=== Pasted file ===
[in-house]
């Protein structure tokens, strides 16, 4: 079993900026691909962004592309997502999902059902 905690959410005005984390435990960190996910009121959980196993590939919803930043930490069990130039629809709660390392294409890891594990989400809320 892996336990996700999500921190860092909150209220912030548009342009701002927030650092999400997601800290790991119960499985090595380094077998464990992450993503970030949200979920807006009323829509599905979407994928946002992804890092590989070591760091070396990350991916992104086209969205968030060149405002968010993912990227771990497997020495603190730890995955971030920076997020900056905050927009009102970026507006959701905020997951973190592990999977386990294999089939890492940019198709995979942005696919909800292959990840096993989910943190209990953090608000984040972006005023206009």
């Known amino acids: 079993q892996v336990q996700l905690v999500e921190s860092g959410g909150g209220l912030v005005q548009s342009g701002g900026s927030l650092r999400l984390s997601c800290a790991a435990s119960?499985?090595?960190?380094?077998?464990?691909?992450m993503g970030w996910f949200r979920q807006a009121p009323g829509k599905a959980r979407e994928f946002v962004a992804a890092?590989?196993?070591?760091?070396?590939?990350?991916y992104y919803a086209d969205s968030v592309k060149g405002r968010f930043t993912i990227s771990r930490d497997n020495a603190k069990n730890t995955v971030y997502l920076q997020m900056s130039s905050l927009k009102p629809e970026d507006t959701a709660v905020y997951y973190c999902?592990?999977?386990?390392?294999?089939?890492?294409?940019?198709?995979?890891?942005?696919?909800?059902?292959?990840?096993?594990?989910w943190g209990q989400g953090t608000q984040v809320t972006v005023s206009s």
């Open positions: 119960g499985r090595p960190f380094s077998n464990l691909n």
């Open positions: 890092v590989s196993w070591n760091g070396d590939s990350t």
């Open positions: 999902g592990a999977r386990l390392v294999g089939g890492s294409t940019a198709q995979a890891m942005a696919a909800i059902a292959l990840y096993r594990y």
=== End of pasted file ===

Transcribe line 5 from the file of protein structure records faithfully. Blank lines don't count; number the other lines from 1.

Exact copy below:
């Open positions: 890092v590989s196993w070591n760091g070396d590939s990350t």